I'm afraid that forum rules prevent me from scanning and posting more of the Oakwood book, so I will have to continue without that, but I'm sure I can take information from it to add to the photographs that I copied from Tatlock's collection in the Calderdale Archives.
The Calder Vale Mineral Railway was built to connect several mills, collieries, brick & pipe works and quarries in the area around Elland and to the north of Brighouse. A junction was made with the Manchester & Leeds Railway, at Elland, with the first section of the railway opening as far as Brookfoot on the 21st of July 1853. This initial section being built by Messrs. Logan & Hemingway. No details are known of the motive power used to construct this section and it is thought that it may have been horse-worked, although at least one locomotive is said to have been used that may have been hired from the Manchester & Leeds Railway.
With new quarries opening below Hove Edge, the CVMR was keen to tap into this new source of traffic and it was also hoped that the extension of the line would promote growth in trade by laying sidings into the various mills and dye works along the way.
For this extension the Board of the CVMR had initially favoured Thomas Brassey to be the main contractor but a much smaller company, that of Exuperias Gittins, tendered for the contract at several thousand pounds below any of his competitors and so won the contract. Exuperias Gittins was known to be miserly and his navvies frequently rioted due to not being paid. At one time work was stopped due to the majority of the navvies having been arrested by the Constabulary and thrown in Halifax Gaol. Gittins himself was a rather eccentric character who visited the work sites on a velocipede and was later involved in racing Penny Farthing bicycles.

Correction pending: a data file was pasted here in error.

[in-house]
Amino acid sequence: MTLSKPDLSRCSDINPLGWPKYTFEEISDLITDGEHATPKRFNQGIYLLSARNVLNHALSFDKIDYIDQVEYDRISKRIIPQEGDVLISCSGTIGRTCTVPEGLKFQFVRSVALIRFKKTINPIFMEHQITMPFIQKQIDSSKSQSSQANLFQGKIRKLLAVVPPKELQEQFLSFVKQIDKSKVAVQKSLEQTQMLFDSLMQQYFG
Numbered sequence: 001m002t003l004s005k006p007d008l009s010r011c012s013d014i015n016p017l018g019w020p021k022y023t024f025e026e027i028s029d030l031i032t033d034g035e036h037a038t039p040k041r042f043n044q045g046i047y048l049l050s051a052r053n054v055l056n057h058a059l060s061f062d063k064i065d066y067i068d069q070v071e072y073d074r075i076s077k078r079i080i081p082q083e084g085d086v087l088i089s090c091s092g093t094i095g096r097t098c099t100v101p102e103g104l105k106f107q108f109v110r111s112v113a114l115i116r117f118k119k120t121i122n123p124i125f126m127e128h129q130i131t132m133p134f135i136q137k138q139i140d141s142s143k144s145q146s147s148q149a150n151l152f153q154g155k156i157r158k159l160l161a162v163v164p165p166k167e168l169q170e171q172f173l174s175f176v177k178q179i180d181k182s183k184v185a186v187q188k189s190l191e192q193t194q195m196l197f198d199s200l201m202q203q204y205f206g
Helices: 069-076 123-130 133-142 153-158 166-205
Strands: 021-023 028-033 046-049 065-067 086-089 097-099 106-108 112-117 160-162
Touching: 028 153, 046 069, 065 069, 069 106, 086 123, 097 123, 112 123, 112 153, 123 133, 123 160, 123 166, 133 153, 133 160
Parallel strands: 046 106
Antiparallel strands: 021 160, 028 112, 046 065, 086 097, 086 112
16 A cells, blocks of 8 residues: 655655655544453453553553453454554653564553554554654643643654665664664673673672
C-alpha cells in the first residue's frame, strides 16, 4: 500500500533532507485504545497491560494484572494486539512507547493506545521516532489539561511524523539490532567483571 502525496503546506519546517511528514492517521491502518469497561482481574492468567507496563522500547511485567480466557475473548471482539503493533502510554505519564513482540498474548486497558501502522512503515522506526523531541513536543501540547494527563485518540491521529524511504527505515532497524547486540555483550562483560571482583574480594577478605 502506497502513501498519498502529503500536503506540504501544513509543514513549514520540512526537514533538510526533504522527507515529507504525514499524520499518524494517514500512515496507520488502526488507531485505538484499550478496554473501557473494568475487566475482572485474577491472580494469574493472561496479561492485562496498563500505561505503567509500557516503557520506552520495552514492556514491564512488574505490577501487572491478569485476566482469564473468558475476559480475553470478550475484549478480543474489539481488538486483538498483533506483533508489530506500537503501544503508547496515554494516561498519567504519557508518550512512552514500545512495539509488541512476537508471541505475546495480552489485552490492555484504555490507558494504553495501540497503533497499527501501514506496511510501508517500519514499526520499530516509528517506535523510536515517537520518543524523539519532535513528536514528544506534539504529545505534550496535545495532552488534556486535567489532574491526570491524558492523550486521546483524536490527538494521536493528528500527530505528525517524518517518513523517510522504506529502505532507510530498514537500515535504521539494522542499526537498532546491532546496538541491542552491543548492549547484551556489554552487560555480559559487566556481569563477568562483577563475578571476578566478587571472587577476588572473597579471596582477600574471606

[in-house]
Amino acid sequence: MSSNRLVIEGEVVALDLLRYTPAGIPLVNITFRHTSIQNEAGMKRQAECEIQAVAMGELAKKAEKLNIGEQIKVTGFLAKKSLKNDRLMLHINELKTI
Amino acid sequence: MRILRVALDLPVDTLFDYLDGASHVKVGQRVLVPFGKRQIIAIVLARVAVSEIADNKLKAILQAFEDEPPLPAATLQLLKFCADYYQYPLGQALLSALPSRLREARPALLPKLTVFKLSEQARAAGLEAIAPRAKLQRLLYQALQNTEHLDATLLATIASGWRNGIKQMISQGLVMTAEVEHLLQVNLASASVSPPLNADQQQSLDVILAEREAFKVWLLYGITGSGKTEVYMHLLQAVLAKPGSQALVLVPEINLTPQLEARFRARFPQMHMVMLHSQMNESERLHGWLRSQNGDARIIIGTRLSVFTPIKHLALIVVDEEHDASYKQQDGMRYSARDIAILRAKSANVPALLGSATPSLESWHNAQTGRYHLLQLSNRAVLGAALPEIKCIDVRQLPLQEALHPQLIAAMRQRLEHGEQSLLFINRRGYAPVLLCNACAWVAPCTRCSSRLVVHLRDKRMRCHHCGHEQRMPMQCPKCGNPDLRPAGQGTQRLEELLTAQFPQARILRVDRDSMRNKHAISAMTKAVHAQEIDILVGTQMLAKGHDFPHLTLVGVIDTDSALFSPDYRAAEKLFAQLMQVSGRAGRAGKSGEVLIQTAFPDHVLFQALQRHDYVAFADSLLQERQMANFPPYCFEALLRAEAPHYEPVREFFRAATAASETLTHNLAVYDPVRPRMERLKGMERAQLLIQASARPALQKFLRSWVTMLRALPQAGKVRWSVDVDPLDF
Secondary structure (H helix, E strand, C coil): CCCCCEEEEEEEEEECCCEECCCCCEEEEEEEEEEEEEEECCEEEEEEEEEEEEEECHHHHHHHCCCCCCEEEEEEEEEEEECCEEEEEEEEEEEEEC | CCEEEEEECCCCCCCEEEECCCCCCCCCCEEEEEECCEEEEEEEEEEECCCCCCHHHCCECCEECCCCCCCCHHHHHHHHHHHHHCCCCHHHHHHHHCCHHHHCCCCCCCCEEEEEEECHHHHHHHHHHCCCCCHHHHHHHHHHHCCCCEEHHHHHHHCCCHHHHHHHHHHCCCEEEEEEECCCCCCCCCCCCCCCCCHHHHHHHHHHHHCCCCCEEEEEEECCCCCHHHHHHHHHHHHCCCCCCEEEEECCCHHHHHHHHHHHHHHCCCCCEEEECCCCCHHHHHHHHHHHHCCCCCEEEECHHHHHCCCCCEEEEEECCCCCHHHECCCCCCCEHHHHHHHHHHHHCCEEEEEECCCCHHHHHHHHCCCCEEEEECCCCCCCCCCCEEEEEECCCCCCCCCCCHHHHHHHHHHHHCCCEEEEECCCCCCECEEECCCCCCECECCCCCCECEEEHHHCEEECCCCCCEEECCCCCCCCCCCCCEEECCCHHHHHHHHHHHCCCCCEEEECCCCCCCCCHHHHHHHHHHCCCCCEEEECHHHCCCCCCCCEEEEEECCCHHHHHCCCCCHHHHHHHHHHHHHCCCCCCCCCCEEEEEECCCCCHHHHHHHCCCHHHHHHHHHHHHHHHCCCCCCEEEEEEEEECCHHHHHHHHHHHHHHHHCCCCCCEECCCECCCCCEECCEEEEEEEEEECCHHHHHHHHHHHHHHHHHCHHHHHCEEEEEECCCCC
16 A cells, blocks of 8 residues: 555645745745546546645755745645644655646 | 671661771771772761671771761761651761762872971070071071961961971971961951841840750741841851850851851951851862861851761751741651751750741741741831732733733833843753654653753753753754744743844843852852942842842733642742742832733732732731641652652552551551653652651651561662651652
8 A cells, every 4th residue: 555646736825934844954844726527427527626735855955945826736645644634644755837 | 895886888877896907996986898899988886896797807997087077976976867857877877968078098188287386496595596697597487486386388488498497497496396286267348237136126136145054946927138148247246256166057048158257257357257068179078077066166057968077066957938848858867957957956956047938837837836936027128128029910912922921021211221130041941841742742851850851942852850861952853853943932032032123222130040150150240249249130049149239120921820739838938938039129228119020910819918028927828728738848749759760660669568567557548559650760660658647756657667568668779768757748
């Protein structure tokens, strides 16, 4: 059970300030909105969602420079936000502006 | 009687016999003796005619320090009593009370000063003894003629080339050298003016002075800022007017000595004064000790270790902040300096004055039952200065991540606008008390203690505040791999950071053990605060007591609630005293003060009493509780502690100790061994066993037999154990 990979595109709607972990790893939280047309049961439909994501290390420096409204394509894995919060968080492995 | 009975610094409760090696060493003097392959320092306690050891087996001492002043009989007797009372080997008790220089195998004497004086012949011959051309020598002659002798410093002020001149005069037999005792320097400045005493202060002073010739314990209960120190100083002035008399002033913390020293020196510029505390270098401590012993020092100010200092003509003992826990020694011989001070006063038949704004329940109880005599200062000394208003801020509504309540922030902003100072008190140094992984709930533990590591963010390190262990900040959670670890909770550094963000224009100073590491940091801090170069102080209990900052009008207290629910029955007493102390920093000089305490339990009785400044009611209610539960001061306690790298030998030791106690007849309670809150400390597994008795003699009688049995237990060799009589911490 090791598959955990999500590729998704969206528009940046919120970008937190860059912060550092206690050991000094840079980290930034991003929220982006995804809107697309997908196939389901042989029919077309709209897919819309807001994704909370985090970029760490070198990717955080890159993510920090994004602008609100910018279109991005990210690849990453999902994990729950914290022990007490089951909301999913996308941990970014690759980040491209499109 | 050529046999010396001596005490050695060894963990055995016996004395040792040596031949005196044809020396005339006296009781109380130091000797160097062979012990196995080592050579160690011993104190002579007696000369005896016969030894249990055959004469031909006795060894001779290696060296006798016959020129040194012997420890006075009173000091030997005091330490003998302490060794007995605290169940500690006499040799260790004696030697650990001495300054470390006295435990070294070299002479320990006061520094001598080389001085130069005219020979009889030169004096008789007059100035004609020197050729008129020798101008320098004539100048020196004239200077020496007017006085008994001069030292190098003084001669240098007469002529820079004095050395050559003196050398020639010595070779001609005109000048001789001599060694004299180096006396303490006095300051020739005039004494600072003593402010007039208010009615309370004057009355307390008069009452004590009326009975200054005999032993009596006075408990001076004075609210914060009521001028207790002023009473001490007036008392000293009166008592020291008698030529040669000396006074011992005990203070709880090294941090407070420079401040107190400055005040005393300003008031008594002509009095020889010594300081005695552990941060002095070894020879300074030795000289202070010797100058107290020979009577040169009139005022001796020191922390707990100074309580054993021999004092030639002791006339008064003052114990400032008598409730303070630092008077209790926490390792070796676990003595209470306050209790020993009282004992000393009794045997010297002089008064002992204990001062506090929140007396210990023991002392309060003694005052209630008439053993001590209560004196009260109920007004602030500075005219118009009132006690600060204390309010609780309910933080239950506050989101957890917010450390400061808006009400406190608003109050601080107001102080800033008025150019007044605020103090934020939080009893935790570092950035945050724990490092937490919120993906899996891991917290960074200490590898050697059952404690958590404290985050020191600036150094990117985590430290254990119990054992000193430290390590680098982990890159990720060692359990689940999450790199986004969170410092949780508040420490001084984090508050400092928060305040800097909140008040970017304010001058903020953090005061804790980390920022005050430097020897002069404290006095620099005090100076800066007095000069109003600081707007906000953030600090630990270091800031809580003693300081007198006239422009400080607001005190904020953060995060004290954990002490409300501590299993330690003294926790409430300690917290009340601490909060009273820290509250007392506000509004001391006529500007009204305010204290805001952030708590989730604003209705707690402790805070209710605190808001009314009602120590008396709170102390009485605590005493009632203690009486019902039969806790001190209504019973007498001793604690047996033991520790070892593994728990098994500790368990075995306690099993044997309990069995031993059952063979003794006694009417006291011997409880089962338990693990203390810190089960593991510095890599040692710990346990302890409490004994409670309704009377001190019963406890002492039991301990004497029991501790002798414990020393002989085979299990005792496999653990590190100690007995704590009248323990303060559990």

Work on the extension commenced in 1863 and two locomotives were brought in to build the extension, arriving at the siding at Elland where the CVMR met what had by now become the Lancashire & Yorkshire Railway with one under its own power and the other in tow. A driver, provided by the owner of the locomotives, stayed on for a week to instruct Gittins' men in driving them. Both locomotives were hired from that well-known engineer and locomotive hirer Isaac Watt Boulton of Ashton-Under-Lyne and were Manning Wardle 0-6-0ST Leodis and a rather odd-looking 2-2-2ST, No.11 that had been converted by Boulton from a Sharp Bros. 2-2-2 passenger express locomotive, which had been purchased from the London & North Western Railway.
Leodis, the Manning Wardle, at an unknown location.
Boulton's No.11 on a hiring somewhere in Derbyshire.